The topic is heavy with biochemistry, and made even more obscure to the lay person with jargon describing pathways, DNA, mutation, repair, pharmacokinetics and such. I'm going to make it simple without simplifying.
A mutation occurs. This means that somewhere along that billion base-pair strand we call DNA, there's a mistake...one of those rungs along the spiral staircase has been modified, and the result is magnified by enzymes whose job it is to make proteins from the code in that DNA. So the protein that's made is imperfect, and as a result it doesn't do the job Nature designed it for. An imbalance occurs and the cell grows out of control. This wouldn't be a big deal normally, but the cell divides and when it does, it carries that same mutation over to the newly formed cell....and so it goes. Now you have a tumor which could spread and interfere with the workings of the entire organism.
This sort of thing, ie, the mutation, occurs quite often. We have repair enzymes that locate such errors and fix the DNA. They're not perfect, and a mutation can slip through the cracks. So, what to do?
For many years we've focused on what we can do, and that is kill cells that grow more rapidly than normal cells. This we have done quite well. The trouble is, we've got a lot of normal cells that grow fast, and when we kill these (like in the gut, inside your mouth, in your bone marrow) we get a horrible array of side effects. In recent years we've gotten more clever, and fished out slight differences between normal cells and cancer cells, and these efforts have yielded some improved drugs. But all these approaches amount to using a sledgehammer to thread a needle. Besides, rapidly growing tumor cells make even more mutations, so a tumor eventually consists of a bunch of slightly different cells, each with a different sensitivity to our drugs.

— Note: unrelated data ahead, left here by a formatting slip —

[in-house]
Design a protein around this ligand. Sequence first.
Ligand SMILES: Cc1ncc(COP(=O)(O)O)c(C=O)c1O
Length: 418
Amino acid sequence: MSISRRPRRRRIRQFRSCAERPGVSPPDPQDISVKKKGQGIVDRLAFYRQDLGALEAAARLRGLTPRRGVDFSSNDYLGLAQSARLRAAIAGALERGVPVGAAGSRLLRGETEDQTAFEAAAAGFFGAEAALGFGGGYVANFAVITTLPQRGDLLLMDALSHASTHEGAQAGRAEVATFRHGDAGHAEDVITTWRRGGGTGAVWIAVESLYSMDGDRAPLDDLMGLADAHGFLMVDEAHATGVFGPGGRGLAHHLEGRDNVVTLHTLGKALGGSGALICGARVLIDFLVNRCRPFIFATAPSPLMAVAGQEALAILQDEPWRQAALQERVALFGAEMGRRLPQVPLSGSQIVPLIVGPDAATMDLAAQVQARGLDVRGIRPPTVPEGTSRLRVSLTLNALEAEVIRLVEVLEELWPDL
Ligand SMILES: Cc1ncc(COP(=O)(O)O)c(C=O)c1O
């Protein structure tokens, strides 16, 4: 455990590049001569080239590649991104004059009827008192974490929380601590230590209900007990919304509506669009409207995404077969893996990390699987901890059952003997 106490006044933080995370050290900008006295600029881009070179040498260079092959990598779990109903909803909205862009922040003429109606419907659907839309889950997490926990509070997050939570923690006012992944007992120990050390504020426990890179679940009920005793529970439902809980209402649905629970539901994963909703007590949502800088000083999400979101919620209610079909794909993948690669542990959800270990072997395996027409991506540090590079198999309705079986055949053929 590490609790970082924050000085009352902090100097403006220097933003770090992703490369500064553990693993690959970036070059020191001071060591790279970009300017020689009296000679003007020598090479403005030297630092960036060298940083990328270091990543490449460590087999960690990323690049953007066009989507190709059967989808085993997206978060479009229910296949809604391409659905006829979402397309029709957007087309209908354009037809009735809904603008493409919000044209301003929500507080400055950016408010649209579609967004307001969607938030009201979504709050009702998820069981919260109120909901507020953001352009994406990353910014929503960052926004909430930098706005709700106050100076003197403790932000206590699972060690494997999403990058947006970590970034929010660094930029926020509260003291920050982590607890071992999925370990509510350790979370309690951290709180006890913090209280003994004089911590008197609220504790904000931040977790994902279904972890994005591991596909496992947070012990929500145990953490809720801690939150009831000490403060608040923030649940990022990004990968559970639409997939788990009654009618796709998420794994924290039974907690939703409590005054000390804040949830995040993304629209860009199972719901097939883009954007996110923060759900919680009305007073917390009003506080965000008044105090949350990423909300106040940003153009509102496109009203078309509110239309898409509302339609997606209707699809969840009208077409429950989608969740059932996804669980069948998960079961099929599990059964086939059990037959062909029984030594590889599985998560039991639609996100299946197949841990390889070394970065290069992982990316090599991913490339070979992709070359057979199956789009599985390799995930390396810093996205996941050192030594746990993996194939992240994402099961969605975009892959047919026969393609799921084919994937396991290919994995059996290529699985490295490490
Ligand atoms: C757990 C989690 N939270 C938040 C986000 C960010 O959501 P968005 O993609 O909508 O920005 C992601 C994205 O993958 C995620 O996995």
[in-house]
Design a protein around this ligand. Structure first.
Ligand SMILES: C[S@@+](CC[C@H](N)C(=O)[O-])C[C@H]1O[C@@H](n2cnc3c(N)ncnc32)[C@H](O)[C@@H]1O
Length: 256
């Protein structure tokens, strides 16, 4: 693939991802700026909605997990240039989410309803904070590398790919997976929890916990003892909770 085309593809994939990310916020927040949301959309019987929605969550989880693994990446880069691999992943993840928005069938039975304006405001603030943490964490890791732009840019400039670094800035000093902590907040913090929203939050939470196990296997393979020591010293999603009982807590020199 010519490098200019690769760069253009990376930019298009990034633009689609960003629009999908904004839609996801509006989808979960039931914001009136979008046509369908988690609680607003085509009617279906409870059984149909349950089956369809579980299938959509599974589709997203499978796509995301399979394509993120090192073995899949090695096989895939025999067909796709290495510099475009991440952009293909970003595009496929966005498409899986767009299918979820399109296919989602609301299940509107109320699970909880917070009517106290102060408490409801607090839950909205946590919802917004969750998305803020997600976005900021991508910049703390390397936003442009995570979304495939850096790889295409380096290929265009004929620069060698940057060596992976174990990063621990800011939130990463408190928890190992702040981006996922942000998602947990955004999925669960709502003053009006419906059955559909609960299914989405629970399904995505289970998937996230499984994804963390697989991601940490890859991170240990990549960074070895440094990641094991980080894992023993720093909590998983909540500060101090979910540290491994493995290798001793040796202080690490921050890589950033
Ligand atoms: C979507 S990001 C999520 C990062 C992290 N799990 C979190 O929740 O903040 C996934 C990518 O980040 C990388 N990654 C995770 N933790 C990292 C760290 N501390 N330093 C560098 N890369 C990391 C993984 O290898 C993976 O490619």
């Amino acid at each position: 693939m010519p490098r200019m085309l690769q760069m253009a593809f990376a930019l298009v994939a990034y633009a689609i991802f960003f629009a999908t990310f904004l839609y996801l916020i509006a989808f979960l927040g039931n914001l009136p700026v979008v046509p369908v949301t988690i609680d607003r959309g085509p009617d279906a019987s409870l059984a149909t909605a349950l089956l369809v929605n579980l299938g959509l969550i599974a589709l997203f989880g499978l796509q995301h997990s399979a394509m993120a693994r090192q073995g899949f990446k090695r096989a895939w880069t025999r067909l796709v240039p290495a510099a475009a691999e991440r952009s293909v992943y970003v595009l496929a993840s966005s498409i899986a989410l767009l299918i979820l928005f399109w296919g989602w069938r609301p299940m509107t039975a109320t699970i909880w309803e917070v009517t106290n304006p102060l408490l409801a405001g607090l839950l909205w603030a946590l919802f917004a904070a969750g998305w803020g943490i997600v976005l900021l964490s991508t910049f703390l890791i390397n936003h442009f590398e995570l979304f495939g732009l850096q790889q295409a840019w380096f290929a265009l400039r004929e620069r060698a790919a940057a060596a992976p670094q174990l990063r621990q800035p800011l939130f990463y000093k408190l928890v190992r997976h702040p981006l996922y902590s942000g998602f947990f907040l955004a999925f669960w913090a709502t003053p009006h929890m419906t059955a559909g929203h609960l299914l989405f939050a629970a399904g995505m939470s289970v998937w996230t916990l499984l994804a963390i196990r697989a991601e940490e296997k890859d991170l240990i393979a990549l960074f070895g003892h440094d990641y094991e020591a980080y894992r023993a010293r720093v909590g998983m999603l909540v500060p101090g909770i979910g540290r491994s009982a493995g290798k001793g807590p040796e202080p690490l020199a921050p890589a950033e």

The advent of DNA technology, a better understanding of DNA repair and biochemistry, has opened up some very exciting possibilities. We've actually been able to tailor cancer therapy to the individual's biochemistry based on what we see in that person's DNA. This has led to better outcomes with less side effects...but the cure continues to elude.
We are at the doorstep. What we need is a repair system designed at the molecular level to locate that mutation (or mutations) in an individual's DNA, excise it, and replace it with the correct chunk. We know how these repair enzymes work. What we face now is a technological barrier that is twofold: design a repair system based on the person's normal DNA sequence, and get that system into cancer cells. Both these steps are immensely difficult. But the good news is that we can actually envision what needs to be done ... something mankind was never able to do until recently. Such an approach would be free of side effects and guaranteed to rid the body of all cancer cells, regardless of their level of mutation.
Now we await the workings of a creative mind unfettered by traditional boundaries. At the pace of scientific discovery, it may take a generation or two, but I'm very optimistic. Who knows ... someone may already be smiling at the words in this blog.